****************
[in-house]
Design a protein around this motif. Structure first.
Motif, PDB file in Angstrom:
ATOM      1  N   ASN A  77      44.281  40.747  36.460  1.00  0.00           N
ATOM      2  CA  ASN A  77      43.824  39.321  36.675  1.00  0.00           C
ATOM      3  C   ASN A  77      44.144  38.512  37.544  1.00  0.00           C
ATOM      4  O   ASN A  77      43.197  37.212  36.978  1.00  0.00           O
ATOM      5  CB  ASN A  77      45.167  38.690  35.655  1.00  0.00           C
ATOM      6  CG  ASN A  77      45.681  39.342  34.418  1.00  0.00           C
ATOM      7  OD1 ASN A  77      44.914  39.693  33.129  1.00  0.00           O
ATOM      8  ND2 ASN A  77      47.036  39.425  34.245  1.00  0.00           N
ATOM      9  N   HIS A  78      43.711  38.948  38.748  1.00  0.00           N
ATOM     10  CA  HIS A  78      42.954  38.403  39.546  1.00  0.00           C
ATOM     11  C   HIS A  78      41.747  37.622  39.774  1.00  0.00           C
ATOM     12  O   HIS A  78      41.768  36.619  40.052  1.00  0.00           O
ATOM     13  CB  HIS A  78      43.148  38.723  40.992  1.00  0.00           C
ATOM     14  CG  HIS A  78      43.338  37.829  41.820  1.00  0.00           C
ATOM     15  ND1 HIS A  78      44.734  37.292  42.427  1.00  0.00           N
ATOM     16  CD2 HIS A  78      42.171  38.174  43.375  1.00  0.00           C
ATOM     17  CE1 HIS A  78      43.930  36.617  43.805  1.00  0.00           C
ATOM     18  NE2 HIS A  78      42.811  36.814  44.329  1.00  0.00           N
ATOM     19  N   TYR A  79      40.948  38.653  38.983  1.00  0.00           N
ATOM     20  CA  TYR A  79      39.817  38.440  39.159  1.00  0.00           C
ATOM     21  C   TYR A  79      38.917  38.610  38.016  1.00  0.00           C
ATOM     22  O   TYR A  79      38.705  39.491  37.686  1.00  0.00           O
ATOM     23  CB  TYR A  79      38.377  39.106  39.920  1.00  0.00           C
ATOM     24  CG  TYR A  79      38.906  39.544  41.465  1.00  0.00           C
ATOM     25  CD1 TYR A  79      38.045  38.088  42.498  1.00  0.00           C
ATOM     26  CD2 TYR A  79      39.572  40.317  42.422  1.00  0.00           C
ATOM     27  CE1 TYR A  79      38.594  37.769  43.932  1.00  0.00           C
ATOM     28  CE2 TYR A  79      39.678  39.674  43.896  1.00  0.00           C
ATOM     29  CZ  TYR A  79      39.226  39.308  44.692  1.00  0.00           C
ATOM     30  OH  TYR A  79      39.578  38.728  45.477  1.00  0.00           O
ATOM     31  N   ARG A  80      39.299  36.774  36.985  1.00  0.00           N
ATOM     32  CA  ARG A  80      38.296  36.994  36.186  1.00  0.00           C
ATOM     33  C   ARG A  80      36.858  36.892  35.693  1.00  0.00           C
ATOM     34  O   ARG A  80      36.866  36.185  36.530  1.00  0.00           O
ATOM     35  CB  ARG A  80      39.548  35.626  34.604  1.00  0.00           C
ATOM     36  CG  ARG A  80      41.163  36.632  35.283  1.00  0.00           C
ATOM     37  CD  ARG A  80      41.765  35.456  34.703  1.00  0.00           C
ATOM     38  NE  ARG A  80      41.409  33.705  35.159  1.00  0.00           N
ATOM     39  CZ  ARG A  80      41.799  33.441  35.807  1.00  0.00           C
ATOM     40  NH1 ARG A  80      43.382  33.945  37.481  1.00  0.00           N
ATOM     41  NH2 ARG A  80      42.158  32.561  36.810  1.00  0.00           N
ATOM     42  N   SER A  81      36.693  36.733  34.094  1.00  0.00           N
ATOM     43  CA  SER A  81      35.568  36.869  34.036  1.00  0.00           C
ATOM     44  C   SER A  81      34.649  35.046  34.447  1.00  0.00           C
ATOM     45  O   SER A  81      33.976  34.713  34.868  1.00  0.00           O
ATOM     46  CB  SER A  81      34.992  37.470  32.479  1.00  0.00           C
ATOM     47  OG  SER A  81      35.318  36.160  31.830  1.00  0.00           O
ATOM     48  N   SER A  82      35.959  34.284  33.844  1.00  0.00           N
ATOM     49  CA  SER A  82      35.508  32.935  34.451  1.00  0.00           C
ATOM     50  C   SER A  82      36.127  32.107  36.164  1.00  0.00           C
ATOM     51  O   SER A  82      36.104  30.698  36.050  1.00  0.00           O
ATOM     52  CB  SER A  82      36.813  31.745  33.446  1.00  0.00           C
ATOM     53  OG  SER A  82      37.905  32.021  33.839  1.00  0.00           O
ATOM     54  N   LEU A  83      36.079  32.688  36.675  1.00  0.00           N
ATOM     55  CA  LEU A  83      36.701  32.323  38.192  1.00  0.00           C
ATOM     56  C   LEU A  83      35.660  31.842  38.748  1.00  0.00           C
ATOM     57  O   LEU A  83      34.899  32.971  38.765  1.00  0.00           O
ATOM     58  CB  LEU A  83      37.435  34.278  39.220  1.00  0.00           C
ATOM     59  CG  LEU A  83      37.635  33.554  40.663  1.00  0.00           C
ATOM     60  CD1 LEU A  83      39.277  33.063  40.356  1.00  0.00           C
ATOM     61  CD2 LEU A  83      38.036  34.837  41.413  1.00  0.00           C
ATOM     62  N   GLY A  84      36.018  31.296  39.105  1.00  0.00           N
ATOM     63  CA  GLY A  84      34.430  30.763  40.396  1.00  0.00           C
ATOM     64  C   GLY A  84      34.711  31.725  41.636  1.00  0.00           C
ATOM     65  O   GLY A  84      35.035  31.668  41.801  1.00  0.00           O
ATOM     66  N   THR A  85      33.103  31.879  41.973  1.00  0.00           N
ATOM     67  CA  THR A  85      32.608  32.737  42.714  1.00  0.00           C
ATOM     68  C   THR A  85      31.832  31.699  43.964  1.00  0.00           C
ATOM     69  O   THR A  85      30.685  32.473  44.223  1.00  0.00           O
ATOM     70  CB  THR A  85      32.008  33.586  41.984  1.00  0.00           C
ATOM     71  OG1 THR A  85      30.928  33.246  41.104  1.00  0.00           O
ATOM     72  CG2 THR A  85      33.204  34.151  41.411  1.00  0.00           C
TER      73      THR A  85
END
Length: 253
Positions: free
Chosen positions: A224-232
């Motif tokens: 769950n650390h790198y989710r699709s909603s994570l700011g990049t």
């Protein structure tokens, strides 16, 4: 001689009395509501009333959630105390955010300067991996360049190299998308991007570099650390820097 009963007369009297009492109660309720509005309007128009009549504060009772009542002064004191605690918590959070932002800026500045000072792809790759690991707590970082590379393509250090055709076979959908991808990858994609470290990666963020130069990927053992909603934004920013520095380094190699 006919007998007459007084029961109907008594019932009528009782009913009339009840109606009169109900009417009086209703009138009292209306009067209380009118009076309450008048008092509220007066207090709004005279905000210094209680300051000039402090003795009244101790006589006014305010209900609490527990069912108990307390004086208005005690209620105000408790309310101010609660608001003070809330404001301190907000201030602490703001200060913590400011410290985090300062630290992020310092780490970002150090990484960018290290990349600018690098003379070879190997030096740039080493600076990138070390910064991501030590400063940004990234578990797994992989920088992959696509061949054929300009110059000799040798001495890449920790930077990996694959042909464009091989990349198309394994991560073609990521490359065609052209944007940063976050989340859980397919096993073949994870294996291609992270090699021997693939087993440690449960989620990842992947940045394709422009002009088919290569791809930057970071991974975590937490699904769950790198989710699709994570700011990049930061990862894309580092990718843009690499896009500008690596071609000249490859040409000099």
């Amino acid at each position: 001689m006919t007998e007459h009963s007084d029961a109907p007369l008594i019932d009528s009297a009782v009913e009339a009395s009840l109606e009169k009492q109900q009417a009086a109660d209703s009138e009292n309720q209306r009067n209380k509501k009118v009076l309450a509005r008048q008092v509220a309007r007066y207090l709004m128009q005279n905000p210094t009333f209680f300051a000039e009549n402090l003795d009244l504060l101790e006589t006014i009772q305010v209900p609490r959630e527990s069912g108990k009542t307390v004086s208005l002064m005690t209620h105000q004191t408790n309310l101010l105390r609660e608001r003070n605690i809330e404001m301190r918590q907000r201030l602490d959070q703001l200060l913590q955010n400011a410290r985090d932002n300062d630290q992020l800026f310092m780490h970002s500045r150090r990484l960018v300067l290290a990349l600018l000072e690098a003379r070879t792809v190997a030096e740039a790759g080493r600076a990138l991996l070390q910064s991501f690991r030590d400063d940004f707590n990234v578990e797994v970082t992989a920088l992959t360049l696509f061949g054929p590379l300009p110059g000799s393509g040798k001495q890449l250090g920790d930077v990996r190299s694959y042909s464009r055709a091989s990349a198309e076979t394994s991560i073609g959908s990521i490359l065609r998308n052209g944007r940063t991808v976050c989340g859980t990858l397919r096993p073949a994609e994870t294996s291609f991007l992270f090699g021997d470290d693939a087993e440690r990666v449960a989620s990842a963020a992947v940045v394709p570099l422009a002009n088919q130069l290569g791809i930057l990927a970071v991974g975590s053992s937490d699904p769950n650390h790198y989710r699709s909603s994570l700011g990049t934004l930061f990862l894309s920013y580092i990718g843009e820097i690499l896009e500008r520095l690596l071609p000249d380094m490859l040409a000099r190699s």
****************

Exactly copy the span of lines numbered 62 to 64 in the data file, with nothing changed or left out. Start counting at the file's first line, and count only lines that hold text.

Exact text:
ATOM     59  CG  LEU A  83      37.635  33.554  40.663  1.00  0.00           C
ATOM     60  CD1 LEU A  83      39.277  33.063  40.356  1.00  0.00           C
ATOM     61  CD2 LEU A  83      38.036  34.837  41.413  1.00  0.00           C